The Prophecy 1995



You know, I just don’t think you’d get a film like The Prophecy made nowadays. In fact I’m not even sure how it got made twenty years ago. Its a slick, expensive looking* horror movie involving battling angels, where most of the conflicts between the characters are done with theological arguments rather than a bunch of visual effects (ie Legion). Of course back in 1995 when this was released they had something better than any visual effect: they had Christopher Walken as the angel Gabriel.

Christopher Walken as an angel.

Walken a weird combination of other worldly and incredibly cool so he’s perfect for a lot of out-there roles. He brings some of his best characteristics to the fore with Gabriel. He can at one moment be joking with a “bald monkey” and the next threatening to crush their skull, funny but incredibly intimidating at the same time. Maybe its those cold eyes, crazy upwardly mobile hair or that unique voice but it takes a special talent to make you laugh and be frightened all at once. He also brings a tremendous physicality in the role, the way he perches on chairs like a hooded crow or appears next to someone without them noticing. He’s constantly trying to surprise you with weird little moments like this. The Prophecy is always so much more fun when he’s about, not that it doesn’t have good points elsewhere.

The story, I think, is about Gabriel trying to start a new war with some other angels against God so they can have a new heaven on Earth. Then they can then rule the humans who they hate because God loves them more or something. There are other good angels trying to stop him, plus some humans, and the Devil because everyone else is getting involved so why can’t he? There’s also something about the blackest human soul being able to start all this heaven-on-Earth business but really none of this makes the slightest bit of sense, and none of it matters. It is written and directed by Gregory Widen who wrote the original story for Highlander and this shares that idea of immortals fighting amongst humans, and is as equally silly and original.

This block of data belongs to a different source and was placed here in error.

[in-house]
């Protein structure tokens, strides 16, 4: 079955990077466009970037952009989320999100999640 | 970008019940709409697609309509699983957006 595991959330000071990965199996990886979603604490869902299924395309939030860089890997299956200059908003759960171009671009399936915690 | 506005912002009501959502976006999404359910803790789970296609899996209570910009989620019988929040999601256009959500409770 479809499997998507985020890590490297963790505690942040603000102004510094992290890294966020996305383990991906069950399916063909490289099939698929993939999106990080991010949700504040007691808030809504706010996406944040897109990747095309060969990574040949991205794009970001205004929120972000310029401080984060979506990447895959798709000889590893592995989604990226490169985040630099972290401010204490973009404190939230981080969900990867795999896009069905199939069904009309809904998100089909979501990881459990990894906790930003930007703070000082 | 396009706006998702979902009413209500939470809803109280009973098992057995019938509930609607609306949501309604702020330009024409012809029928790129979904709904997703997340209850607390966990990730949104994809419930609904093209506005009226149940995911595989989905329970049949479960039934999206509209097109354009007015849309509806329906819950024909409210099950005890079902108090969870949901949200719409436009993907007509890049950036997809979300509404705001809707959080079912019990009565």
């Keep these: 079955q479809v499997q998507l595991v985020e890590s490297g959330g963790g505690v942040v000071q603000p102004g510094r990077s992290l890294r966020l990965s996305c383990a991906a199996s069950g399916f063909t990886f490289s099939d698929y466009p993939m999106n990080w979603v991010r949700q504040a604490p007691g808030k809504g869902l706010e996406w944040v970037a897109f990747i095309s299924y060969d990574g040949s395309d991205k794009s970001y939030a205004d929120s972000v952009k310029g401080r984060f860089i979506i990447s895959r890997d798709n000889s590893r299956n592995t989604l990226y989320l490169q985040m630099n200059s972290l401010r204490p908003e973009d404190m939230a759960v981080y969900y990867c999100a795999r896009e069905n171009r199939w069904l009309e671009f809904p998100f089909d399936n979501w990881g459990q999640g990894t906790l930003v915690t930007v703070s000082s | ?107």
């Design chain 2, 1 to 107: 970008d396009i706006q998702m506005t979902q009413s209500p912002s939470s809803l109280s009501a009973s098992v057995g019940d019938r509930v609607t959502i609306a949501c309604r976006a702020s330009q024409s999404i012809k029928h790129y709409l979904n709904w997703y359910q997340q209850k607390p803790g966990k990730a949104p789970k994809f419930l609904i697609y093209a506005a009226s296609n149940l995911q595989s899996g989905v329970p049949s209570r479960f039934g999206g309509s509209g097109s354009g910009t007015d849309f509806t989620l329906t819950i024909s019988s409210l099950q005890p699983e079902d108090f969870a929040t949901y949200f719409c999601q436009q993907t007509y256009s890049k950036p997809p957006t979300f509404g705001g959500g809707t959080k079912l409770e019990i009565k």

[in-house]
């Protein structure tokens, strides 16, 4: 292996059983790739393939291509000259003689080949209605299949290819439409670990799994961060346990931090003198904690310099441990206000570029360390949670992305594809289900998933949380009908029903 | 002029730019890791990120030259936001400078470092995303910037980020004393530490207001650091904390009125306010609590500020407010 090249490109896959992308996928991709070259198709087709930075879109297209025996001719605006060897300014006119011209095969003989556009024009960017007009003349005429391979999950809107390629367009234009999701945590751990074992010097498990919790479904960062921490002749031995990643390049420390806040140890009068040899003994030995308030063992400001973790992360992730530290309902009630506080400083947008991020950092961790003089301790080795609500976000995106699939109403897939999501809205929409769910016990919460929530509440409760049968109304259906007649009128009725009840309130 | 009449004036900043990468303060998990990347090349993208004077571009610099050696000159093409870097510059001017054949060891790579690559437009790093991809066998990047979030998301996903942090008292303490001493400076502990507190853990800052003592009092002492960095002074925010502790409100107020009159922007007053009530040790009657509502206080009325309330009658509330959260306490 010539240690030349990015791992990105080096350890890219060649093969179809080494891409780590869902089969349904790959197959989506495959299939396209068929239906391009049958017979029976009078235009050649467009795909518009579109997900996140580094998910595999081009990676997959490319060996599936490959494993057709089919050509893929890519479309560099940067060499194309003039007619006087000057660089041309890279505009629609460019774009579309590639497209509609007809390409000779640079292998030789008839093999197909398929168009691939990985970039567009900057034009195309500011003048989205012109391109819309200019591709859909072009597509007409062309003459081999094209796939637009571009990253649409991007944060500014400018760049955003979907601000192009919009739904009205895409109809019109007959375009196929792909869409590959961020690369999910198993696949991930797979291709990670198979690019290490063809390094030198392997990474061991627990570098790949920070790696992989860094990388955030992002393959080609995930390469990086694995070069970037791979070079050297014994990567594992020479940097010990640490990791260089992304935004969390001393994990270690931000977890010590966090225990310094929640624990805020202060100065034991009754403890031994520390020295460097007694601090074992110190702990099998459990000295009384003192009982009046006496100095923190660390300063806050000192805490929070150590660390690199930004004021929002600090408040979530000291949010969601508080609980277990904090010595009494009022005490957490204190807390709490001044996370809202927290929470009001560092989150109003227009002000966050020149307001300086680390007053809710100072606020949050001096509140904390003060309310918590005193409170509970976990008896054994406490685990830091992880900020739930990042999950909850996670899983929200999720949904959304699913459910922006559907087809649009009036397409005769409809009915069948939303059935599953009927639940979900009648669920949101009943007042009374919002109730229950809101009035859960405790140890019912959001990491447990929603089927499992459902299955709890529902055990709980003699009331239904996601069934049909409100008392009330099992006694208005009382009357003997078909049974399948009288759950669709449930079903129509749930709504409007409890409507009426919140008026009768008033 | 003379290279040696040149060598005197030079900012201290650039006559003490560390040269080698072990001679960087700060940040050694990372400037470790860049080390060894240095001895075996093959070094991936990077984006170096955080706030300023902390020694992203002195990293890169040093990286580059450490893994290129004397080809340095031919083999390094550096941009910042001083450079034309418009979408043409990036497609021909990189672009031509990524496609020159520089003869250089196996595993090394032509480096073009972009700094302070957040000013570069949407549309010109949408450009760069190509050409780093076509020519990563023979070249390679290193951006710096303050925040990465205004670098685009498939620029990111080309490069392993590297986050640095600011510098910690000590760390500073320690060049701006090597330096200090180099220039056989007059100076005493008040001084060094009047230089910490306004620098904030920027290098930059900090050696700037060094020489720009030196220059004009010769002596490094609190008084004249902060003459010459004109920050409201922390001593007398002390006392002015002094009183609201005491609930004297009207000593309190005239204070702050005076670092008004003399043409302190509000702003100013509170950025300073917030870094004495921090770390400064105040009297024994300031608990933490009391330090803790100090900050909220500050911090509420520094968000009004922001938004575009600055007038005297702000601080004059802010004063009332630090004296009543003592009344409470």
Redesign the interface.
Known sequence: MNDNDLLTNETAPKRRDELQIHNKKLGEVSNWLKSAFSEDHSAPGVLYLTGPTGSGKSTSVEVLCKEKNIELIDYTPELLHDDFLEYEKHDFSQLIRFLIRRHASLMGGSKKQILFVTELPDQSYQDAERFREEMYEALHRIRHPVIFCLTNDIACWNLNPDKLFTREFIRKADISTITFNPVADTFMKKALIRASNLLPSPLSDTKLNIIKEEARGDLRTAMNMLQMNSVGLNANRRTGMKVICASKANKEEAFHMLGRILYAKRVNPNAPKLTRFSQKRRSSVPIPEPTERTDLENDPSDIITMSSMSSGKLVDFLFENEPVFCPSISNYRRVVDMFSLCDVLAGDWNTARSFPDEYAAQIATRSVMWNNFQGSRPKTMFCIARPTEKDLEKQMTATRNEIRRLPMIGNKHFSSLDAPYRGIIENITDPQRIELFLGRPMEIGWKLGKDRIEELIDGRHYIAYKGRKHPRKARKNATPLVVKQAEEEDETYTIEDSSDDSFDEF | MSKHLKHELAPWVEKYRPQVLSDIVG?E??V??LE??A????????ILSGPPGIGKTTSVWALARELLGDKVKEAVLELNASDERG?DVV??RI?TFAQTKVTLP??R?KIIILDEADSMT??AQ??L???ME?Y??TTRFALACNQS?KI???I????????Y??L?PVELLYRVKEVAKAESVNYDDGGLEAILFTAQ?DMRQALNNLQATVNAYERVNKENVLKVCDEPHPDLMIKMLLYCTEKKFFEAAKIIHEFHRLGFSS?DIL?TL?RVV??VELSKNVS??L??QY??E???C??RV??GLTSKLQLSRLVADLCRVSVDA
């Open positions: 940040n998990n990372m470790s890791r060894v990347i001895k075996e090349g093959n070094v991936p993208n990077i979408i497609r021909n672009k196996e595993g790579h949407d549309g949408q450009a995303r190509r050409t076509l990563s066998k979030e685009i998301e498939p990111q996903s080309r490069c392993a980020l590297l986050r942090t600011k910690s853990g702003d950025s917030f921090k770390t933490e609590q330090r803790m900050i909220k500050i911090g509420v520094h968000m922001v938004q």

The main hero (unless you’re on Walken’s side, in which case the main villain) is Elias Koteas who plays a former trainee priest turned policeman. This kind of character only exists in Hollywood movies. “I failed to take up the priesthood so there was only one course left for me – I became a cop!” you can imagine no one in real life saying at all, ever. But it works within the context of the film because at least we have a police protagonist who can both get into a theological debate with the devil and translate ancient Hebrew. Which is helpful because the mystery of the film is pretty badly scripted. Koteas is trying to figure out all this evil soul business and its some old army officer who would sacrifice Chinese people in the Korean war,. He finds loads of press clippings and a tape marked “evidence” in the officer’s house. Why would he keep all that? Wouldn’t it be kept by the courts? He wouldn’t be able to just take it home so he could watch it at his leisure, thinking about the good old days when he used to flay men’s faces off and keep them in a box, would he?